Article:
A complaint need not set forth detailed factual allegations, yet “[a] pleading that offers ‘labels and conclusions' or a ‘formulaic recitation of the elements of a cause of action'” is insufficient. Ashcroft v. Iqbal, 556 U.S. 662, 678 (2009)(quoting Bell Atl. Corp. v. Twombly, 550 U.S. 544, 555 (2007)). “Threadbare recitals of the elements of a cause of action, supported by mere conclusory statements, do not suffice.” Ashcroft v. Iqbal, 556 U.S. at 678. “Factual allegations must be enough to raise a right to relief above the speculative level, on the assumption that all the allegations in the complaint are true (even if doubtful in fact).” Bell Atl. Corp. v. Twombly, 550 U.S. at 555 (citations and footnote omitted).

         To survive a motion to dismiss, a plaintiff's complaint must contain sufficient “facts that, if assumed to be true, state a claim to relief that is plausible on its face.” Mink v. Knox, 613 F.3d 995, 1000 (10th Cir. 2010)(citing Ashcroft v. Iqbal, 556 U.S. at 678). “A claim has facial plausibility when the plaintiff pleads factual content that allows the court to draw the reasonable inference that the defendant is liable for the misconduct alleged.” Ashcroft v. Iqbal, 556 U.S. at 678 (citing Bell Atl. Corp. v. Twombly, 550 U.S. at 556). “Thus, the mere metaphysical possibility that some plaintiff could prove some set of facts in support of the pleaded claims is insufficient; the complainant must give the court reason to believe that this plaintiff has a reasonable likelihood of mustering factual support for these claims.” Ridge at Red Hawk, L.L.C. v. Schneider, 493 F.3d 1174, 1177 (10th Cir. 2007)(emphasis omitted). The United States Court of Appeals for the Tenth Circuit has stated:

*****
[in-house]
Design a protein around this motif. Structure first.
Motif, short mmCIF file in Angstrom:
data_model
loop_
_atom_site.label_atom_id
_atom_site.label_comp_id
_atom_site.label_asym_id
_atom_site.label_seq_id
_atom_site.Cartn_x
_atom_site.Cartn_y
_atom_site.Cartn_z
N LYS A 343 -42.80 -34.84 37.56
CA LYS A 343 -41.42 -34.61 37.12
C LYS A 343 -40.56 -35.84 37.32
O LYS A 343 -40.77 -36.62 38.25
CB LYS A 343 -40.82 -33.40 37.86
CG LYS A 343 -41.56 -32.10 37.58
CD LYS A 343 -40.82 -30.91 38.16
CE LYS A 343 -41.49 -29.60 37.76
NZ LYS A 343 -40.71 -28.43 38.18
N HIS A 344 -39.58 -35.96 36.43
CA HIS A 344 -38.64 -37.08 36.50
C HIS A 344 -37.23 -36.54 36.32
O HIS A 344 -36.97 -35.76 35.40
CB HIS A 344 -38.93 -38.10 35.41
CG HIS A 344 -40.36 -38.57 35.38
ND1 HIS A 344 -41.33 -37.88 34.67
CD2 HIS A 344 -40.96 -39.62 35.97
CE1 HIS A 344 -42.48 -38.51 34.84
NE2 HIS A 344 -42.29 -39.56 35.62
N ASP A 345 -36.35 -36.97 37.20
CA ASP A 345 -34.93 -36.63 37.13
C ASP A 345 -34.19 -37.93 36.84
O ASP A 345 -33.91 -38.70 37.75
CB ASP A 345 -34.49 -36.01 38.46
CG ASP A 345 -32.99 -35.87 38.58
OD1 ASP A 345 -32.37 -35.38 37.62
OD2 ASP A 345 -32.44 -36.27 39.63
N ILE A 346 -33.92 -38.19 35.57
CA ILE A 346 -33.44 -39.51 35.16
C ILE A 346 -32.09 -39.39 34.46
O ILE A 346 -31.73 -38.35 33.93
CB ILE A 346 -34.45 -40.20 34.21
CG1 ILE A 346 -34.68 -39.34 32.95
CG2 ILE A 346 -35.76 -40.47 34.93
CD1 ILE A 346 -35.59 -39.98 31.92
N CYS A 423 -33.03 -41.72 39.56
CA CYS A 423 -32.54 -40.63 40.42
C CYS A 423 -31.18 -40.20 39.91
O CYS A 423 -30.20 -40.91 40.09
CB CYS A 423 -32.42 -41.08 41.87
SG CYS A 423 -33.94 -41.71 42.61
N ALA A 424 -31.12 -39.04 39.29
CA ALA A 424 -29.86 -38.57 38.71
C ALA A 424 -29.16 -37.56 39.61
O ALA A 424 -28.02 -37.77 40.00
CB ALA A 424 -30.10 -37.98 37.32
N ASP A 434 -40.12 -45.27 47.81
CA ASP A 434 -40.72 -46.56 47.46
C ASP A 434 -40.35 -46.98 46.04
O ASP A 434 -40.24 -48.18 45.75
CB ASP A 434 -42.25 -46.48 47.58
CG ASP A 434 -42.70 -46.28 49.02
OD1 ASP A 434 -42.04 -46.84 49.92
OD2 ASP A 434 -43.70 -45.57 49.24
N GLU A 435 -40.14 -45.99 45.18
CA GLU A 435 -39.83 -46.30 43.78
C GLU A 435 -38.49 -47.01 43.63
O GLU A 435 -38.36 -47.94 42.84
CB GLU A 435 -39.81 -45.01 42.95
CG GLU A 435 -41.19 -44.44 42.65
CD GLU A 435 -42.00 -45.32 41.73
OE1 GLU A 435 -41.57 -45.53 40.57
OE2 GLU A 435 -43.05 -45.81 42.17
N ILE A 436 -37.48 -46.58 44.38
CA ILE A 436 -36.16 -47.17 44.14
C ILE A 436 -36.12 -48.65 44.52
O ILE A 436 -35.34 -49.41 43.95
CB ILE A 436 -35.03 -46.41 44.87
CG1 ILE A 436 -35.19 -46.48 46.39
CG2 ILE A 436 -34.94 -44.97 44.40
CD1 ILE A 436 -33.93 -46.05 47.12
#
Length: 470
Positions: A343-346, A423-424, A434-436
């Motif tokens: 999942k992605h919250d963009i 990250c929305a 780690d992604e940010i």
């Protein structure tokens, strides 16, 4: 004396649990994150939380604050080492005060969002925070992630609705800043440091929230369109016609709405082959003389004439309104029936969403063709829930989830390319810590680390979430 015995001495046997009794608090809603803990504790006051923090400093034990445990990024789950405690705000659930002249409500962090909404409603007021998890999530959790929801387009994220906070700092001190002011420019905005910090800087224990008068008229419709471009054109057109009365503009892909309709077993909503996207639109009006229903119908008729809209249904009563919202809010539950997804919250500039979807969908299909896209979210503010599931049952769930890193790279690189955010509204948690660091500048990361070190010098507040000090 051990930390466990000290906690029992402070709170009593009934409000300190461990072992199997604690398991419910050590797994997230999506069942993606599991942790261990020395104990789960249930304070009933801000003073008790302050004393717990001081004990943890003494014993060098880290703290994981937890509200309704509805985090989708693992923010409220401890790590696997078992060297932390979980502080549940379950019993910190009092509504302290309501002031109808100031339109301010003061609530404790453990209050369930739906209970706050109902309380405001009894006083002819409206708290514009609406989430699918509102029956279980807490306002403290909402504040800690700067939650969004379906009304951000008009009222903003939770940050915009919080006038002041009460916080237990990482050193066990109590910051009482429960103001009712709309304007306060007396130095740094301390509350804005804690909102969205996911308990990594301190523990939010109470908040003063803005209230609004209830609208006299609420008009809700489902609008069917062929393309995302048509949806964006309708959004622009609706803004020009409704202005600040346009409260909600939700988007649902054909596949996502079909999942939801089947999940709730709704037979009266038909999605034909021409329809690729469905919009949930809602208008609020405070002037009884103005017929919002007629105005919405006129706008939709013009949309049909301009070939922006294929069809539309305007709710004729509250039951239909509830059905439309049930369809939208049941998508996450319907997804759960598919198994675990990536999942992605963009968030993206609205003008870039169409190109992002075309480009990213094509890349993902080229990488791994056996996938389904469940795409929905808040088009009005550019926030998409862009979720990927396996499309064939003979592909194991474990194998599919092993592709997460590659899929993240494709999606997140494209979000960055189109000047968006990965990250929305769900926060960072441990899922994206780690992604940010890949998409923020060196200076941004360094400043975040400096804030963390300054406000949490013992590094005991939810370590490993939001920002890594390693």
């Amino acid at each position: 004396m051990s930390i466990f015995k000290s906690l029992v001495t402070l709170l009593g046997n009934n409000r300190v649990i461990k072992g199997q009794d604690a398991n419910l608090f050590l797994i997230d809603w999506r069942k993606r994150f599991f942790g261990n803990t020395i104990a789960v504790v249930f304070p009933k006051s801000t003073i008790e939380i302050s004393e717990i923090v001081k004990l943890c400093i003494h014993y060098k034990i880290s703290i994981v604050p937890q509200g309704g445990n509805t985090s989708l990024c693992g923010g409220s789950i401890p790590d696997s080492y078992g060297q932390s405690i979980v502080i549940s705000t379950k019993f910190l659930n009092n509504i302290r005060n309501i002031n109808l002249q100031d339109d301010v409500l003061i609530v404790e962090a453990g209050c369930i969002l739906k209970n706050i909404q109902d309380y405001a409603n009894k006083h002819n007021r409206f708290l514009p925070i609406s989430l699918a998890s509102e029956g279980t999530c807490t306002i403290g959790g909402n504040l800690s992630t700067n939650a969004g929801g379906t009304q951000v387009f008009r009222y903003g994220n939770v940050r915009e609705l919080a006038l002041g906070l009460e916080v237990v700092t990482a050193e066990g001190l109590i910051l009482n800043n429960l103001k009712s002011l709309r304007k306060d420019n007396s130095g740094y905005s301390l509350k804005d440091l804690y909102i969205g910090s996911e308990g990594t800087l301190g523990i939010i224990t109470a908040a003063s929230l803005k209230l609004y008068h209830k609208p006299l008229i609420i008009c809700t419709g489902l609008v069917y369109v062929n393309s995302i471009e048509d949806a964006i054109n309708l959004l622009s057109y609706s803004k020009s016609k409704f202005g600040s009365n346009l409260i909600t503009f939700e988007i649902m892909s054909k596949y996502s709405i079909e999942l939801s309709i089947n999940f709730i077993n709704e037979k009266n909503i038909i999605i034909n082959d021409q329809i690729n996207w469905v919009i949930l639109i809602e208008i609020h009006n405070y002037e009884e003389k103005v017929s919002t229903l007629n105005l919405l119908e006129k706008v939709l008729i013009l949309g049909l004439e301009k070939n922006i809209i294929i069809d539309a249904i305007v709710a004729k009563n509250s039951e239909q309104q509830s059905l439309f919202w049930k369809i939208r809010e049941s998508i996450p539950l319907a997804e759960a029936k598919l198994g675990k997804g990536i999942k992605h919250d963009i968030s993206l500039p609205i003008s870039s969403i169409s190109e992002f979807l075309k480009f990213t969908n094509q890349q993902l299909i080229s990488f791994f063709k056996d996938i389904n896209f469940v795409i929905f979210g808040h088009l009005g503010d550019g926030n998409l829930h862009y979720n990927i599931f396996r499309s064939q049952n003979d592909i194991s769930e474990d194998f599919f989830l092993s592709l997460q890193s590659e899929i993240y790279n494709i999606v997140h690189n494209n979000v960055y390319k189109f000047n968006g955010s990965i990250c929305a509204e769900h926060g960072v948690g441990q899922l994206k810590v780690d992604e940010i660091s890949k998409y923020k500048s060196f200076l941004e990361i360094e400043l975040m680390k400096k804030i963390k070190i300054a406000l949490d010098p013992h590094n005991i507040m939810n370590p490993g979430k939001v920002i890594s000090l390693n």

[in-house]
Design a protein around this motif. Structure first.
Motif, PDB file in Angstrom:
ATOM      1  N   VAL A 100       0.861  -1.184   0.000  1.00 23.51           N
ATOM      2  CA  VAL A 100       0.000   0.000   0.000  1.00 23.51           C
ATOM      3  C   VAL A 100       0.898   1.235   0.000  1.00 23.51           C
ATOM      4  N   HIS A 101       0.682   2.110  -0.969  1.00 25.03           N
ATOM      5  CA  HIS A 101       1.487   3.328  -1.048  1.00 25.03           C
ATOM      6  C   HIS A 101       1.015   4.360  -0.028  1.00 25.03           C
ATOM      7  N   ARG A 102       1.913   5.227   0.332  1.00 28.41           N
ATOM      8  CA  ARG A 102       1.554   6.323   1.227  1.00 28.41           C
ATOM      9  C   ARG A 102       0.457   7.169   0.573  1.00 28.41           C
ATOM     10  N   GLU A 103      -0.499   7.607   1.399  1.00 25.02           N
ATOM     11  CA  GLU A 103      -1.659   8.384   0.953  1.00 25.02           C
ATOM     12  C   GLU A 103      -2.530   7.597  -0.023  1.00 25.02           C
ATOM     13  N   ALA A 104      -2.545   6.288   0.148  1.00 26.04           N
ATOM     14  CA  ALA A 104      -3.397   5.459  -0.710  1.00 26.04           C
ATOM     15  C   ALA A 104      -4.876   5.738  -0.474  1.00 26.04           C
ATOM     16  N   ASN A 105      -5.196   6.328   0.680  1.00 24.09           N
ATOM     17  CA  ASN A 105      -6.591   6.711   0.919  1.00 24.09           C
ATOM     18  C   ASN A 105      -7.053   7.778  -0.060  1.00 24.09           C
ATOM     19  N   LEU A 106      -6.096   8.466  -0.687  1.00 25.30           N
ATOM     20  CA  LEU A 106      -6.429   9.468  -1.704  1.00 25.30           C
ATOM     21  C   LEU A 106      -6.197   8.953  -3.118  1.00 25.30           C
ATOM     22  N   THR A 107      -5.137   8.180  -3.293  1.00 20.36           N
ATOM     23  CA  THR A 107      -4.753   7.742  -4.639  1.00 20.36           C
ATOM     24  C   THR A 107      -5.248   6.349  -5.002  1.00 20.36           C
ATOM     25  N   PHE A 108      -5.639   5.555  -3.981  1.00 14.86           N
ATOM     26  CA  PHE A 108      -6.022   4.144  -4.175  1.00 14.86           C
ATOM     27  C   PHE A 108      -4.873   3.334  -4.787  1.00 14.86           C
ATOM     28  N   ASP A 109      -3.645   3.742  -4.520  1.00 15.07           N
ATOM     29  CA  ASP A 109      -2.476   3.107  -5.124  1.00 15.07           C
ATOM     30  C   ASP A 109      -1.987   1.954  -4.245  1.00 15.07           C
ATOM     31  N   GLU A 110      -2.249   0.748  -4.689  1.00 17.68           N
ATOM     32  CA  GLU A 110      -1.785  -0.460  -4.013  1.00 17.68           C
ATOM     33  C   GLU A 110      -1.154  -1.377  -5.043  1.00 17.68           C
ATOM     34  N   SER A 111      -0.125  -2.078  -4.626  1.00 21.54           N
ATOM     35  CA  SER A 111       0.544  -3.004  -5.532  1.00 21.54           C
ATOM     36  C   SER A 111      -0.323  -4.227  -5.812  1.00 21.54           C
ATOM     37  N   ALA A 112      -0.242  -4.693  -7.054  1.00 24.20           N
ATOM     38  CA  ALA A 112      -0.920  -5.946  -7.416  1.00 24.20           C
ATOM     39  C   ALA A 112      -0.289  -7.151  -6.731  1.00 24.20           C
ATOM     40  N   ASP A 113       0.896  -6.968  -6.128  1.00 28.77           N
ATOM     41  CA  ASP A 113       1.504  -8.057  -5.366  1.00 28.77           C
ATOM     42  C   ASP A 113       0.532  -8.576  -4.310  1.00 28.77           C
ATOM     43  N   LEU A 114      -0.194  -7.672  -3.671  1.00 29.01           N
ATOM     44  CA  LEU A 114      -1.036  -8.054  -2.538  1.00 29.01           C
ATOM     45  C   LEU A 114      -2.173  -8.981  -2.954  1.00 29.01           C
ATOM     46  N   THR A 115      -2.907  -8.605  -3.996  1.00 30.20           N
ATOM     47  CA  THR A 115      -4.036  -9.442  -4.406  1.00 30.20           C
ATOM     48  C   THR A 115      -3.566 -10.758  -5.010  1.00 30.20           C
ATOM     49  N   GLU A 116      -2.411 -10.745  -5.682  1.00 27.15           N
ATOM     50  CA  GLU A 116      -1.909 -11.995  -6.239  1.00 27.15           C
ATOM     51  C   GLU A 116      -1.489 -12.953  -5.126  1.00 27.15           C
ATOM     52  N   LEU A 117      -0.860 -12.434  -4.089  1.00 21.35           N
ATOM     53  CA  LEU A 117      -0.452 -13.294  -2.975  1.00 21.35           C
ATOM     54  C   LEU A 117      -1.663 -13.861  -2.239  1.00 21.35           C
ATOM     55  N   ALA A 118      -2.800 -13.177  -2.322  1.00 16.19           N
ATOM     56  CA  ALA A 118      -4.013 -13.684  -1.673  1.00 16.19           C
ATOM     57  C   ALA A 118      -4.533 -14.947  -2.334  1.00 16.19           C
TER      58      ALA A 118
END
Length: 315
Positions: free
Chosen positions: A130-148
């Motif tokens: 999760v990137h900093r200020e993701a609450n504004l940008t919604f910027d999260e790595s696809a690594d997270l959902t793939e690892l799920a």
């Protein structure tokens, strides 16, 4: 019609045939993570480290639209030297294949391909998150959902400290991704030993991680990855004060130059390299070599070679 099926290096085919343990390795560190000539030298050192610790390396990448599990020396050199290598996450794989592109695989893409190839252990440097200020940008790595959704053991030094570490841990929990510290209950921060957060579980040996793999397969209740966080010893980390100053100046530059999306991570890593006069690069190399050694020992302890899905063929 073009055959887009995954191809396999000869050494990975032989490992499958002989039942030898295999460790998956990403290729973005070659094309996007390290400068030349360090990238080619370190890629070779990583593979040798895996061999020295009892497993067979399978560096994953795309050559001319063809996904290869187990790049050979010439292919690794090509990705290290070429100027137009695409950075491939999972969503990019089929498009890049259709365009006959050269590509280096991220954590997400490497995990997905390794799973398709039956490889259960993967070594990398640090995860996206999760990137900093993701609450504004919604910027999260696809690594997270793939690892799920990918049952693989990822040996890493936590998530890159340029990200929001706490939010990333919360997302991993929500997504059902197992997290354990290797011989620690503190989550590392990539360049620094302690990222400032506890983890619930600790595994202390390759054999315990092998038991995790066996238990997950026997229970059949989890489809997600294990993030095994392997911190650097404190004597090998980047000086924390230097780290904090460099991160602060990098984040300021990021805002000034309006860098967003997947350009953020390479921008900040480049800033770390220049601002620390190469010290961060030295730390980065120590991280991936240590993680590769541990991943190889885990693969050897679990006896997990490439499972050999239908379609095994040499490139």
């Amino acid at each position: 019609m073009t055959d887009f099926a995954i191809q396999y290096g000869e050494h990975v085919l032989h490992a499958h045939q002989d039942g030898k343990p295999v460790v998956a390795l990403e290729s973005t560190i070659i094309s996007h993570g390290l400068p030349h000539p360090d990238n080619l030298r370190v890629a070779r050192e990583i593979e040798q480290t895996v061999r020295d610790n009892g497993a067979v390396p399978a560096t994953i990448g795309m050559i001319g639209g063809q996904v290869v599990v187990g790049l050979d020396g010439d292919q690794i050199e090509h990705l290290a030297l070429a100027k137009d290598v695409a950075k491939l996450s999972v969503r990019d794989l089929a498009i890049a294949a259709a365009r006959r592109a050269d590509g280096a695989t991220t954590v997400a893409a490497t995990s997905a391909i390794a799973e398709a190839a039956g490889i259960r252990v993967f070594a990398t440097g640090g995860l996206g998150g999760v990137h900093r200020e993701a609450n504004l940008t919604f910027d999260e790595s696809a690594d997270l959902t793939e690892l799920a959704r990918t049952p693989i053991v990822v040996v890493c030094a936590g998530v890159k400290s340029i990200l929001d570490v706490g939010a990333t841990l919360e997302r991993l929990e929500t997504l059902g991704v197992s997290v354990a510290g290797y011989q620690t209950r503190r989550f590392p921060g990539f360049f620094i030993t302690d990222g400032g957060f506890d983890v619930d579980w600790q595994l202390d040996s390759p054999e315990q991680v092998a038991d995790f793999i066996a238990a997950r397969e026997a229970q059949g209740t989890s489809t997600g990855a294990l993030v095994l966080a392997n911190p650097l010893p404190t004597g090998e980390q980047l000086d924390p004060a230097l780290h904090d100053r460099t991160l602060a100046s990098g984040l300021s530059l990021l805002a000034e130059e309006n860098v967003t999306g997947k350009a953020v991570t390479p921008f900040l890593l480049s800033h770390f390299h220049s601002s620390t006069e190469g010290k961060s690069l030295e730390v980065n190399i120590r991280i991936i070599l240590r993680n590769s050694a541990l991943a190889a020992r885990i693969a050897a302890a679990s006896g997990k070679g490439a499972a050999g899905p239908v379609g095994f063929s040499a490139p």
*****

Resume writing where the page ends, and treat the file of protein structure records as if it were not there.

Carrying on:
“[P]lausibility” in this context must refer to the scope of the allegations in a complaint: if they are so general that they encompass a wide swath of conduct, much of it innocent, then the plaintiffs “have not nudged their claims across the line from conceivable to plausible.” The allegations must be enough that, if assumed to ...